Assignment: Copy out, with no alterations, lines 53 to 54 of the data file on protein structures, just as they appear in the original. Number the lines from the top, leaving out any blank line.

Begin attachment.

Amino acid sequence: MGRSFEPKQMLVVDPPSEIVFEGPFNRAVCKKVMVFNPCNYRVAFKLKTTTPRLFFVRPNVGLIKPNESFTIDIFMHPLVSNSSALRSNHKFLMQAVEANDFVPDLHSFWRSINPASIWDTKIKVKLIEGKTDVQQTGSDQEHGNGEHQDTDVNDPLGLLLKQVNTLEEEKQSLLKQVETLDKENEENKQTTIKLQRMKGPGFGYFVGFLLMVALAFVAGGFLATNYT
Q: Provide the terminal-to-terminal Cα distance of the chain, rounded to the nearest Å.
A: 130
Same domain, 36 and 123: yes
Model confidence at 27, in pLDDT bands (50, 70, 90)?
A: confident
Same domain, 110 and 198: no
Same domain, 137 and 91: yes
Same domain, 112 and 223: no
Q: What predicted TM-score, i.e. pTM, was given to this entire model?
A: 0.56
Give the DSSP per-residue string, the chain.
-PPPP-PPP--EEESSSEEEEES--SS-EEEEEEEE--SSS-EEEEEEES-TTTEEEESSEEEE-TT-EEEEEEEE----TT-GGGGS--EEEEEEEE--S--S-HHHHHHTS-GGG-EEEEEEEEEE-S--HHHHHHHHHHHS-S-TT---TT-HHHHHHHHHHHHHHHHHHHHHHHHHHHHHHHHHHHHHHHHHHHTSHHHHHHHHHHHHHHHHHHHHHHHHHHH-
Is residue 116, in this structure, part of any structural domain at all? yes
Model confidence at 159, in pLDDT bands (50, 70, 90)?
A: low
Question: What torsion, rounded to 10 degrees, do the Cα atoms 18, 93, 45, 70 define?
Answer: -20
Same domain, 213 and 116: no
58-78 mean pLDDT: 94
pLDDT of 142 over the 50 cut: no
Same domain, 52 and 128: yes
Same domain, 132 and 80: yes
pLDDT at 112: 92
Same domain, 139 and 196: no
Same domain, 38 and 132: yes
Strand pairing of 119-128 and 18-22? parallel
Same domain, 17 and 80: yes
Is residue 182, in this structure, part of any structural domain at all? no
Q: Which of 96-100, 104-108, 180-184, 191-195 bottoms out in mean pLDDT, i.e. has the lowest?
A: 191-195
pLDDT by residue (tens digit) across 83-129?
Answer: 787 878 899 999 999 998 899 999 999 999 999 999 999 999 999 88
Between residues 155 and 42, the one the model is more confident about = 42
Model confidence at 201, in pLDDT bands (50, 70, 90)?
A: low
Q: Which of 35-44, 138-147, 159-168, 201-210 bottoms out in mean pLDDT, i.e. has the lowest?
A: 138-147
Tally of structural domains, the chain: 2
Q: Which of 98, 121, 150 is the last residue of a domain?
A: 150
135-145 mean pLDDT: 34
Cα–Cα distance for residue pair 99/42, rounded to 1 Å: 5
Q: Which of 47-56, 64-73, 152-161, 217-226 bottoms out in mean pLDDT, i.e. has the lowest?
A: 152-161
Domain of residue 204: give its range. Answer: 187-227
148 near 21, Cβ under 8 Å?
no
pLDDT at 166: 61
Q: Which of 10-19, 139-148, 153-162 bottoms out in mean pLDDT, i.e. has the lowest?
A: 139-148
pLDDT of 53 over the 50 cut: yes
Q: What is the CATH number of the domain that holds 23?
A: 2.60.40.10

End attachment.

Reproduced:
Q: What is the CATH number of the domain that holds 23?
A: 2.60.40.10